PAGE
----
Date on Master's Thesis/Doctoral Dissertation


Document Type

Doctoral Dissertation

Degree Name

Ph. D.


Counseling and Human Development

Degree Program

Counseling and Personnel Services, PhD

Committee Chair

McCubbin, Laurie

Committee Co-Chair (if applicable)

Valentine, Jeffrey

Committee Member

Valentine, Jeffrey

Committee Member

Mitchell, Amanda

Committee Member

Washington, Ahmad

Author's Keywords

resilience; COVID-19; social capital; anomie; social ecological resilience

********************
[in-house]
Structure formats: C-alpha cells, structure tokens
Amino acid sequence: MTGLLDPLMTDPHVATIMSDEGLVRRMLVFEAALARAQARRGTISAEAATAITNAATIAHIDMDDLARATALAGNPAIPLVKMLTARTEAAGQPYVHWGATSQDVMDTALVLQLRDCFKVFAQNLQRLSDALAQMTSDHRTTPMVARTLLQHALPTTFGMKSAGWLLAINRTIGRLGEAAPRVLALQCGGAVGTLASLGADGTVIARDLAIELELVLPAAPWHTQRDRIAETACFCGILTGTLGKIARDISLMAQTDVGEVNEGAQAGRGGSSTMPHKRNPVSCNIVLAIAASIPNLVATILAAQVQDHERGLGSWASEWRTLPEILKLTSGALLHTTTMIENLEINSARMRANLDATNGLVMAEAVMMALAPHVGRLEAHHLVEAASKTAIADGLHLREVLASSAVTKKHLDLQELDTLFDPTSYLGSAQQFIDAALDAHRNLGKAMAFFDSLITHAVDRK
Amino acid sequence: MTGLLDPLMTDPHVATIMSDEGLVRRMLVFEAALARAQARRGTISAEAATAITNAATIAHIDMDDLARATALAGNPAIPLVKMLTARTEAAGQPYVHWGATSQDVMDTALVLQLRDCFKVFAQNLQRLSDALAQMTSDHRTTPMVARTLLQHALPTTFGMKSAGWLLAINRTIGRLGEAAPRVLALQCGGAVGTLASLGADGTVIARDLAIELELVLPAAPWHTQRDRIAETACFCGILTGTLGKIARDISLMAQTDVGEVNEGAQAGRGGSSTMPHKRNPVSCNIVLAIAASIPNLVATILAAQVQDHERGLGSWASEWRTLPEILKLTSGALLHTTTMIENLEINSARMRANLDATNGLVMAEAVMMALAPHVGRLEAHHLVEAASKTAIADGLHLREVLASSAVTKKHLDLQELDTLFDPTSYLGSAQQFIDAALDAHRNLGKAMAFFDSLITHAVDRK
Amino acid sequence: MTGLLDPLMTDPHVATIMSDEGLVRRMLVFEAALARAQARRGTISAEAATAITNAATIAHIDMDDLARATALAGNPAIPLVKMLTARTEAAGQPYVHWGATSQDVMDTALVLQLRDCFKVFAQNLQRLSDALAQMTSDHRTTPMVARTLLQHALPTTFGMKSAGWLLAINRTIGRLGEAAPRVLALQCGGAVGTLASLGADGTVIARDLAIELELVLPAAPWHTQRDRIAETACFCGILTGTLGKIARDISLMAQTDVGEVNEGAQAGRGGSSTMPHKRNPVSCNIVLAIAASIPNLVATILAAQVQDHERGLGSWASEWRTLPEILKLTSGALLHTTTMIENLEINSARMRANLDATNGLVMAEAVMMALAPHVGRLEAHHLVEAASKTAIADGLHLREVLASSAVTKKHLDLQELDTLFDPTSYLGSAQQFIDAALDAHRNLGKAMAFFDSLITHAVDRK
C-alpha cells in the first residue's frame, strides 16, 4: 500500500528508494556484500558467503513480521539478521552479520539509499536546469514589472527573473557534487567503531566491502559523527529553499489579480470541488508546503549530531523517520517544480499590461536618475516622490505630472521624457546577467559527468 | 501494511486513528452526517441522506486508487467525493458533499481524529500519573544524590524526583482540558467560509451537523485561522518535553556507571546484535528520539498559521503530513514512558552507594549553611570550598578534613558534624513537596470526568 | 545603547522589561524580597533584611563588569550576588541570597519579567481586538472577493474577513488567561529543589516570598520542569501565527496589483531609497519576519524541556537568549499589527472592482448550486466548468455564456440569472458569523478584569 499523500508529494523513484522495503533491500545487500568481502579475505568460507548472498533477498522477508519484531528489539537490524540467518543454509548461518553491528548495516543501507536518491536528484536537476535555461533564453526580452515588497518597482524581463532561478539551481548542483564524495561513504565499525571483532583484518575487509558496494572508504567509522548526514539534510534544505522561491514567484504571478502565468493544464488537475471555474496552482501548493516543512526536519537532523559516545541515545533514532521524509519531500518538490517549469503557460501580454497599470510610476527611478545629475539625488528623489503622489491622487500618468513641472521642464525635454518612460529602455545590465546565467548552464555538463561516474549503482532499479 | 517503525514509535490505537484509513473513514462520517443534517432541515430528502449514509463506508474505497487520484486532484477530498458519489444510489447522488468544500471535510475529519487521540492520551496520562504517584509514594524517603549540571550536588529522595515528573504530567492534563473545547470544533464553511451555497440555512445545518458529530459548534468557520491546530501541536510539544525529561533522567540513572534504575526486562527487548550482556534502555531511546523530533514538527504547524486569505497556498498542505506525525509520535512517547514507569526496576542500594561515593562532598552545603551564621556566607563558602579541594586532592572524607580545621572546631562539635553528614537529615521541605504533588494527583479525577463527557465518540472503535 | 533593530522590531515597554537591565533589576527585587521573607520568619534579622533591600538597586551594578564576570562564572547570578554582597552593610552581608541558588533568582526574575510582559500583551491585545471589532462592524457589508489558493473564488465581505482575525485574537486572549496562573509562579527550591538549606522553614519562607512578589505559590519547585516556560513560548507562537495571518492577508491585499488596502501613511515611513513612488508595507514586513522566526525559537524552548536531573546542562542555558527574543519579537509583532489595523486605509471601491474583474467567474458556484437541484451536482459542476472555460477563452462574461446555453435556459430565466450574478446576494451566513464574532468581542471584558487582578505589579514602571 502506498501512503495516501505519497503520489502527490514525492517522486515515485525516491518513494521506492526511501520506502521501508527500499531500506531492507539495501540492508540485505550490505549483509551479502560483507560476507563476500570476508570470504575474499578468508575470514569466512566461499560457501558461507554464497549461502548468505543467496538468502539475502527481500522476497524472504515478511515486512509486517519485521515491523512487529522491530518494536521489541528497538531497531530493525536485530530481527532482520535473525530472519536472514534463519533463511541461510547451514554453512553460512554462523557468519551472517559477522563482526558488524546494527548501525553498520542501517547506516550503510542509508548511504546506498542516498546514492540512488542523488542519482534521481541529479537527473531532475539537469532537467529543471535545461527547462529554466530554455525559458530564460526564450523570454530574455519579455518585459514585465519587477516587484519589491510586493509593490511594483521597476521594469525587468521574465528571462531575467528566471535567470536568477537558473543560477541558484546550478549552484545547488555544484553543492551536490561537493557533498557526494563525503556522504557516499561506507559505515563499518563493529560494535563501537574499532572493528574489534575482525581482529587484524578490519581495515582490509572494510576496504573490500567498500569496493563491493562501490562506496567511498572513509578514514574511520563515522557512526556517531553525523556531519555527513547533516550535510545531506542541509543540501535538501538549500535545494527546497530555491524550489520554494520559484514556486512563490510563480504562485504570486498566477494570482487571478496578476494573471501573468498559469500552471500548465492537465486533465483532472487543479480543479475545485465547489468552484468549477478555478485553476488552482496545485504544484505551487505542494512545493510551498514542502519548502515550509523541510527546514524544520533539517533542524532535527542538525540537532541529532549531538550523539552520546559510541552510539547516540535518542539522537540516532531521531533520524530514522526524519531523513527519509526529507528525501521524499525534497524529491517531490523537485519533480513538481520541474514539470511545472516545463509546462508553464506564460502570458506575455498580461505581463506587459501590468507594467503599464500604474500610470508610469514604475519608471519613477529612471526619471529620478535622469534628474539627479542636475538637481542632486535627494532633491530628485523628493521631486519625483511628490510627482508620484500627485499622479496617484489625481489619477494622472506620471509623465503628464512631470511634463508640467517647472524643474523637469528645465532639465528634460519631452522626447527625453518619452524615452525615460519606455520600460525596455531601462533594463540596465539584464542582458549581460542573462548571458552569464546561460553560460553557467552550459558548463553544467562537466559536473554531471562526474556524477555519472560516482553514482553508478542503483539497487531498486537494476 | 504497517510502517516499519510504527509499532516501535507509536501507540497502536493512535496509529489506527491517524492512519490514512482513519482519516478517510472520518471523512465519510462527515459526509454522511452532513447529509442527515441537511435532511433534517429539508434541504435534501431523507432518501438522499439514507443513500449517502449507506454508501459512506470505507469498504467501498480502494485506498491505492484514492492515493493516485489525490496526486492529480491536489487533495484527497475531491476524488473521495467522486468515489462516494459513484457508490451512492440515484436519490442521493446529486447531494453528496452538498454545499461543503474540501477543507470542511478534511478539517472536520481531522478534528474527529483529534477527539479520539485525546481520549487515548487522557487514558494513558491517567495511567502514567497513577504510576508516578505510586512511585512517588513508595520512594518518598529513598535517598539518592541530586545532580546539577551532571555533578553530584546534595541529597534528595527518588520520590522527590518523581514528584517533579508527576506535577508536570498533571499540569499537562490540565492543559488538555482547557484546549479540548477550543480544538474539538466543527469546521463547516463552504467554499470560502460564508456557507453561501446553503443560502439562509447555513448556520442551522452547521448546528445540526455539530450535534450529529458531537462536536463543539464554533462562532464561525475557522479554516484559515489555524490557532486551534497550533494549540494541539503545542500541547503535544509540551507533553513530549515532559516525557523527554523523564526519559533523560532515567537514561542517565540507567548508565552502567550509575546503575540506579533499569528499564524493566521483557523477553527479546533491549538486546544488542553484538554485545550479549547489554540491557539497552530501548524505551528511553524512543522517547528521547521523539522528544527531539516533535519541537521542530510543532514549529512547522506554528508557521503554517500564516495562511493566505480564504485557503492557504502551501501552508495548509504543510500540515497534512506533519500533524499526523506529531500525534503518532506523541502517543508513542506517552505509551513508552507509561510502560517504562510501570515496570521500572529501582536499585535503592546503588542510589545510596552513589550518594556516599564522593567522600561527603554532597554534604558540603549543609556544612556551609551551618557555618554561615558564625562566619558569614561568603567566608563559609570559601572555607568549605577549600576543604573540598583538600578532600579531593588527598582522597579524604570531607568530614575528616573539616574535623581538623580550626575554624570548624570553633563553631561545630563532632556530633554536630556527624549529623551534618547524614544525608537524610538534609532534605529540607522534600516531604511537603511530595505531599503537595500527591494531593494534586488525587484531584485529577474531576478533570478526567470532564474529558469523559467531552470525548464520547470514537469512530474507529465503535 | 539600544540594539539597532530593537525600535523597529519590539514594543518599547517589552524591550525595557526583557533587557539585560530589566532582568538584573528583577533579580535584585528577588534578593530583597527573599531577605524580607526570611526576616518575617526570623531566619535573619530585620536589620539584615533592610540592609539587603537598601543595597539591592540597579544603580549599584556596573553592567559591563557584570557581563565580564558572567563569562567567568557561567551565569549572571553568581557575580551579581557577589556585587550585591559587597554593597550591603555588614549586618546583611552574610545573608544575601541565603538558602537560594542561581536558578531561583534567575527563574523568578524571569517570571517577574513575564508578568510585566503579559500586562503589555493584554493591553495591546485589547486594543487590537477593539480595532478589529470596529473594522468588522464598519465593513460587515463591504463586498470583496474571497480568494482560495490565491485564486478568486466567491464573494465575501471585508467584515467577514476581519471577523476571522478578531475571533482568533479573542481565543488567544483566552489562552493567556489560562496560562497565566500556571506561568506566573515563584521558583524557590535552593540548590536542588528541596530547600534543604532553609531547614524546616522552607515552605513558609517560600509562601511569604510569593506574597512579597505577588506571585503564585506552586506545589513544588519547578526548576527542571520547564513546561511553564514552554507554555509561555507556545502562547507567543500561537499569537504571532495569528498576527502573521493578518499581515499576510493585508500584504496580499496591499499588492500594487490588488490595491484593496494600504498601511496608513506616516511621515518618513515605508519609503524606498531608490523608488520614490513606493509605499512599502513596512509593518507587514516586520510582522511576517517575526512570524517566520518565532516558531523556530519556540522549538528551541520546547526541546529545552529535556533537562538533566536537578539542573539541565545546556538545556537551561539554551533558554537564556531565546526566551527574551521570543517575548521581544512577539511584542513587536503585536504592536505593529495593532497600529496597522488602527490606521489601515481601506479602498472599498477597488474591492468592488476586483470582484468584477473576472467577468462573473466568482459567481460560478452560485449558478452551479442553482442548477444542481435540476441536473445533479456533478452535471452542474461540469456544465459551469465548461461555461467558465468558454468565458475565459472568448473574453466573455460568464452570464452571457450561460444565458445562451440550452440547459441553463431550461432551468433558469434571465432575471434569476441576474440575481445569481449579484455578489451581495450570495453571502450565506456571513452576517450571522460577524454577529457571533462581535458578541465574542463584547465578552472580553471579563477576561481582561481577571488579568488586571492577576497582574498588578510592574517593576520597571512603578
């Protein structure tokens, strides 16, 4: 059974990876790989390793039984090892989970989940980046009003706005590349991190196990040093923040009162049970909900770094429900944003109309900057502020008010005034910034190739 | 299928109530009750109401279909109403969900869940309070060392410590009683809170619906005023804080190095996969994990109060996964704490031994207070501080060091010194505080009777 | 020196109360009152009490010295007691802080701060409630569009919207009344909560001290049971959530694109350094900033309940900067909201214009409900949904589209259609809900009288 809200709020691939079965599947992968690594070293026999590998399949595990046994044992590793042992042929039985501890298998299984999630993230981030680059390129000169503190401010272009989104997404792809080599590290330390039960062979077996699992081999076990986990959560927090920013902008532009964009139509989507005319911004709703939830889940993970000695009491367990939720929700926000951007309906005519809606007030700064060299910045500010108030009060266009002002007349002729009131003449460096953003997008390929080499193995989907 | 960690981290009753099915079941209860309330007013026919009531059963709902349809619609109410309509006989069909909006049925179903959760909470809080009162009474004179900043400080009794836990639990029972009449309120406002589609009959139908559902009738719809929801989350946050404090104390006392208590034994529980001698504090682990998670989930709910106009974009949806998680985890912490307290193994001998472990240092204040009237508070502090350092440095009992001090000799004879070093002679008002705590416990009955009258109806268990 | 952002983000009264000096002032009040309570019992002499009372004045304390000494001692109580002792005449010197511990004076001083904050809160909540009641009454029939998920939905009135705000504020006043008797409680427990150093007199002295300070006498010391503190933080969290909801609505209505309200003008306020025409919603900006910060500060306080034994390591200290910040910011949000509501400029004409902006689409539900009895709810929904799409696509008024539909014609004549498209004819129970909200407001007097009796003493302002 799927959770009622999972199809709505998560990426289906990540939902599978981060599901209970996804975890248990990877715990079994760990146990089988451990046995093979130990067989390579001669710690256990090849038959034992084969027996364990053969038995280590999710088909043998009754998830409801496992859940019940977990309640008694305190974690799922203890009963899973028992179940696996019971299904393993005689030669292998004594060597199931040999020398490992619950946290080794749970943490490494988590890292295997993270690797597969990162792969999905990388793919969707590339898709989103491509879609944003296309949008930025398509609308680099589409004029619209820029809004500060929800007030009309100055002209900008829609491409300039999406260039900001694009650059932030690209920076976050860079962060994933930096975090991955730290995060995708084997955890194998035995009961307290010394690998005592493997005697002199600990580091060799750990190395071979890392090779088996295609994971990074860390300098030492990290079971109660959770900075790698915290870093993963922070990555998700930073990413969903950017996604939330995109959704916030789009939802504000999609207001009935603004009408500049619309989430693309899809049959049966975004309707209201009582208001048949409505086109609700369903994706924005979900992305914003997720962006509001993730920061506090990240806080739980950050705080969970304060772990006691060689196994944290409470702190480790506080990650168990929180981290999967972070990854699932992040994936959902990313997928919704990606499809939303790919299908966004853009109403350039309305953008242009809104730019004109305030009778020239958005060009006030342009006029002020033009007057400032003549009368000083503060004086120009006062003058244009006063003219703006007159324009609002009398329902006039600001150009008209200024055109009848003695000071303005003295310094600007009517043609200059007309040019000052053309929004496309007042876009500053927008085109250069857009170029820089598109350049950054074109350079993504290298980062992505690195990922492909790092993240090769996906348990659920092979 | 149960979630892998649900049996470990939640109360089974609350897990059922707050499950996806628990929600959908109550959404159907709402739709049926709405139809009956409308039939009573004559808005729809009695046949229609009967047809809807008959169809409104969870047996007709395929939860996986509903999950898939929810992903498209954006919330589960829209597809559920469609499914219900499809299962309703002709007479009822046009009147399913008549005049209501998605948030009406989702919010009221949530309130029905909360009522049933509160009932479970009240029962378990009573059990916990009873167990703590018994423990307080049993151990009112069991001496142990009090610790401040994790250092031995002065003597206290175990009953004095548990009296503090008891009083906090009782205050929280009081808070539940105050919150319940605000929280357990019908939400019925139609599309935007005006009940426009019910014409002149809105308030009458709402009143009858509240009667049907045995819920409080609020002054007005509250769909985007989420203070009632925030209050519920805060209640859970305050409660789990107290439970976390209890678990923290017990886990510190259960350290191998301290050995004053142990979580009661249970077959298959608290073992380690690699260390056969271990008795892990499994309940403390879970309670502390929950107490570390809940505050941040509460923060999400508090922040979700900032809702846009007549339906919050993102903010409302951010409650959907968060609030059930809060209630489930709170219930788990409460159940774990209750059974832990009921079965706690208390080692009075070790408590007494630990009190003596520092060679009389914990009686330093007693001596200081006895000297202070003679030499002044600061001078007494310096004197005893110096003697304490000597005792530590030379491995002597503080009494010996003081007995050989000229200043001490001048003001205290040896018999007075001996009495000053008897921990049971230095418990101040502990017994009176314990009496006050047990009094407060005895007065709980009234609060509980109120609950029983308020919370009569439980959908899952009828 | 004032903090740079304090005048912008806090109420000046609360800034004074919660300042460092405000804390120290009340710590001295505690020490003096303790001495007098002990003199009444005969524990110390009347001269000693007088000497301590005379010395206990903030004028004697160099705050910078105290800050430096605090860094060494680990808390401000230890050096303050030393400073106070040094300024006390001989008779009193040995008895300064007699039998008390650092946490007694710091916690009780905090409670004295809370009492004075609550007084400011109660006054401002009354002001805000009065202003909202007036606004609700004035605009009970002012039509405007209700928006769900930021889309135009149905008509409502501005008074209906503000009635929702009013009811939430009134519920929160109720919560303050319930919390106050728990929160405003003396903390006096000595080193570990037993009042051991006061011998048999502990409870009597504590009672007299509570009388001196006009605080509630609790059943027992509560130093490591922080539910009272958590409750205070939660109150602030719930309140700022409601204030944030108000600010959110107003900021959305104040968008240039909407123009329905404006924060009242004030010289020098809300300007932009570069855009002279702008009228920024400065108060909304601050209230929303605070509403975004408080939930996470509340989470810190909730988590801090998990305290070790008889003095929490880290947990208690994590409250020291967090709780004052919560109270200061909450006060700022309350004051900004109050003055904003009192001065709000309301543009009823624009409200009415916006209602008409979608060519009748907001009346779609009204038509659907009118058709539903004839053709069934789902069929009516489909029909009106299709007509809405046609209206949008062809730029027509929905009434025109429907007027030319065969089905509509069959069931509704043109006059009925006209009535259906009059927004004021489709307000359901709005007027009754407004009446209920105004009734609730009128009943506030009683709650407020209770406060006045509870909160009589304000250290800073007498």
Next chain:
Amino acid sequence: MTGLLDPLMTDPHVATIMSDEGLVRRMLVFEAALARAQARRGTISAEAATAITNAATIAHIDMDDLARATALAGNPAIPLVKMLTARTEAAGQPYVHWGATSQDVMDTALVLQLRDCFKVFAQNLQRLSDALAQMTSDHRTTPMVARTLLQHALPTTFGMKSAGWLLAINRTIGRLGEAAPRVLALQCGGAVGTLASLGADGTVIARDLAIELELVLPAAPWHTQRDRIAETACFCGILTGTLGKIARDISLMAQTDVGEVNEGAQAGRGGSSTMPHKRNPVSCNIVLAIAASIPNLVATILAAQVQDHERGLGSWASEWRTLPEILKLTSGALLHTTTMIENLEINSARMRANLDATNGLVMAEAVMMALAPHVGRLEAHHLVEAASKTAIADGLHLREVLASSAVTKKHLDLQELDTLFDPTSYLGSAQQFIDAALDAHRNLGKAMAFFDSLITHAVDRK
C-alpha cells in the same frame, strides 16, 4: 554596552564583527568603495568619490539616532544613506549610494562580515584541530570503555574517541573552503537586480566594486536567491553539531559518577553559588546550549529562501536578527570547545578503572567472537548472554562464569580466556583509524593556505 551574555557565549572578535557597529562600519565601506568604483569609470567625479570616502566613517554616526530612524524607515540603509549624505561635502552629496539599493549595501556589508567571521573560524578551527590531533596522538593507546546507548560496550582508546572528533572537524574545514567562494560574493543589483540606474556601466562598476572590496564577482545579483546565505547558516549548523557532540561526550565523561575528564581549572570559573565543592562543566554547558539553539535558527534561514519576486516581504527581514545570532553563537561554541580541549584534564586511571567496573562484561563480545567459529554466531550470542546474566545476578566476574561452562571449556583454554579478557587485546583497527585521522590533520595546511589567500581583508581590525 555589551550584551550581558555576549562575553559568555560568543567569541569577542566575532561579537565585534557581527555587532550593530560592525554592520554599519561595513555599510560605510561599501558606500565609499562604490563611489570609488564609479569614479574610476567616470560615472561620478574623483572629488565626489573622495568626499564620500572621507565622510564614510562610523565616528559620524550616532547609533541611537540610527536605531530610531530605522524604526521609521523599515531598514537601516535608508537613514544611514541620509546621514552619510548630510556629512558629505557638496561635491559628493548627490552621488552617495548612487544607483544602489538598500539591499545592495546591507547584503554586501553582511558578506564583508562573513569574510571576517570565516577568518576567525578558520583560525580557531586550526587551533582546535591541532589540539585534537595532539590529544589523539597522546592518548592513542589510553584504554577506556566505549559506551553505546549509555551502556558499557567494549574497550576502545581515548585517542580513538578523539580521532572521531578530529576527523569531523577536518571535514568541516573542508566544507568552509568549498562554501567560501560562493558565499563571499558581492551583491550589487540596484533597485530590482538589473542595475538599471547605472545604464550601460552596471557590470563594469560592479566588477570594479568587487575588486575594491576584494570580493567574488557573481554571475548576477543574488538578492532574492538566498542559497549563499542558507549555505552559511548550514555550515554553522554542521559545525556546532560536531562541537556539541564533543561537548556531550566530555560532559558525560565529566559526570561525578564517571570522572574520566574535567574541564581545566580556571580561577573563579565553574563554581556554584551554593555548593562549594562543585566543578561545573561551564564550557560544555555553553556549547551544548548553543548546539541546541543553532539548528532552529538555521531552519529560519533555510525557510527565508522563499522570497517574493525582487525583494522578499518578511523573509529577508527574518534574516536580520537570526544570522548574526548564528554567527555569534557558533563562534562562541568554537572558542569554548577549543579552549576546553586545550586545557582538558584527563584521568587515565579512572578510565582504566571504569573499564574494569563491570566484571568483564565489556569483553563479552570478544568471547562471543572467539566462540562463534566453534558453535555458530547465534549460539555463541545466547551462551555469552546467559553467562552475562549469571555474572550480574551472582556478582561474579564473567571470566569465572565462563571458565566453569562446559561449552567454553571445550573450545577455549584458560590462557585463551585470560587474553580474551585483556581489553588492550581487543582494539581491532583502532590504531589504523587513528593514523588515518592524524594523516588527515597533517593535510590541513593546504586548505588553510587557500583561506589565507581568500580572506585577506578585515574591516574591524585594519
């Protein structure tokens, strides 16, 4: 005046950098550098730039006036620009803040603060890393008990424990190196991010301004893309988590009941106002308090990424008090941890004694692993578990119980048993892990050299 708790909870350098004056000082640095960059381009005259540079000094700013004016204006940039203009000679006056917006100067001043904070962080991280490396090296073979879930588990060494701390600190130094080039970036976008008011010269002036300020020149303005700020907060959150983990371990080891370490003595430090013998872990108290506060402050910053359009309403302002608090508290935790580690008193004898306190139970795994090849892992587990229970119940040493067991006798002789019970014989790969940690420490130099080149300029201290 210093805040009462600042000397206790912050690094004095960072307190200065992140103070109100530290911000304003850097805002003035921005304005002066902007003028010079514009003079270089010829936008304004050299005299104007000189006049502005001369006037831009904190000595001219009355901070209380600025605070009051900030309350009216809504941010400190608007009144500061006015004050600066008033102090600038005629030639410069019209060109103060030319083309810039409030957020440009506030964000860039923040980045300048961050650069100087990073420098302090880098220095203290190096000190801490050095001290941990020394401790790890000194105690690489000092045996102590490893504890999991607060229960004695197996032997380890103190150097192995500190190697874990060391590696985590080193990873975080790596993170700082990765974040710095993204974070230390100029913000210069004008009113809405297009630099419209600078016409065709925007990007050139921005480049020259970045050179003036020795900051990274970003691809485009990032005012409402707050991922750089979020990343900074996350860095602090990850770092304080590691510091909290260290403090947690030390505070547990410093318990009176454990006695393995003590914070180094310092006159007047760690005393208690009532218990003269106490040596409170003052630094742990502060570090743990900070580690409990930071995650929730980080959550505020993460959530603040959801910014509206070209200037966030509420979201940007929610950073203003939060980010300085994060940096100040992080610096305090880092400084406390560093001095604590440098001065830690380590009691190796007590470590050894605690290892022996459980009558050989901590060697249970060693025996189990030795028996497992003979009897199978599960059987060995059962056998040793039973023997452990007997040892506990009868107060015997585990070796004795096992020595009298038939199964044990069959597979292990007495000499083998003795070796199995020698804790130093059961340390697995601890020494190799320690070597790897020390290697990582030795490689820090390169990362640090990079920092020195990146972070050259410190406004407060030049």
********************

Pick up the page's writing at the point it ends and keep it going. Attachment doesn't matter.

From climate change to racial tension and income inequality, many difficulties face the United States and those who live within its borders. The extreme and increasing political polarization in the United States as well as the impact of the COVID-19 pandemic have only made these challenges more difficult to address. In this complex web of adversity, the concept of resilience is important to study. Resilience may be broadly defined as the ability to “bounce back” or return to adaptive functioning after experiencing significant adversity or challenges (Smith et al., 2008). Better understanding how resilience functions and the general state of resilience within the U.S. population may allow psychologists to provide better interventions and guidance to people and communities during these difficult times. A recent trend in resilience research is the use of social-ecological resilience models, which conceptualize resilience as including individual factors, external factors in an individual context, and their interaction (Ungar, 2011). However, research exploring how these external factors and their interaction with individuals relate to resilience remains limited. Given the challenges facing the United States today, social capital, anomie, and the impact of COVID-19 are examples of such external factors that appear likely to impact social-ecological resilience. This study used online survey methods to collect data from a national sample (n = 758) of the U.S. population seeking to explore the relationship between social-ecological resilience and these variables as well as SES and race. Several variables positively predicted social-ecological resilience including social capital, impact of COVID-19, and income. Anomie was found to negatively predicted social ecological resilience. Black participants also reported greater social-ecological resilience when compared to other participants and other racial differences in these variables were also identified. While this study faced some limitations, the findings underscored the importance of external factors when conceptualizing resilience. Further research is needed to further explore the relationships identified in this study and study with more diverse sample populations is needed to explore the potential impact of demographic variables upon social-ecological resilience.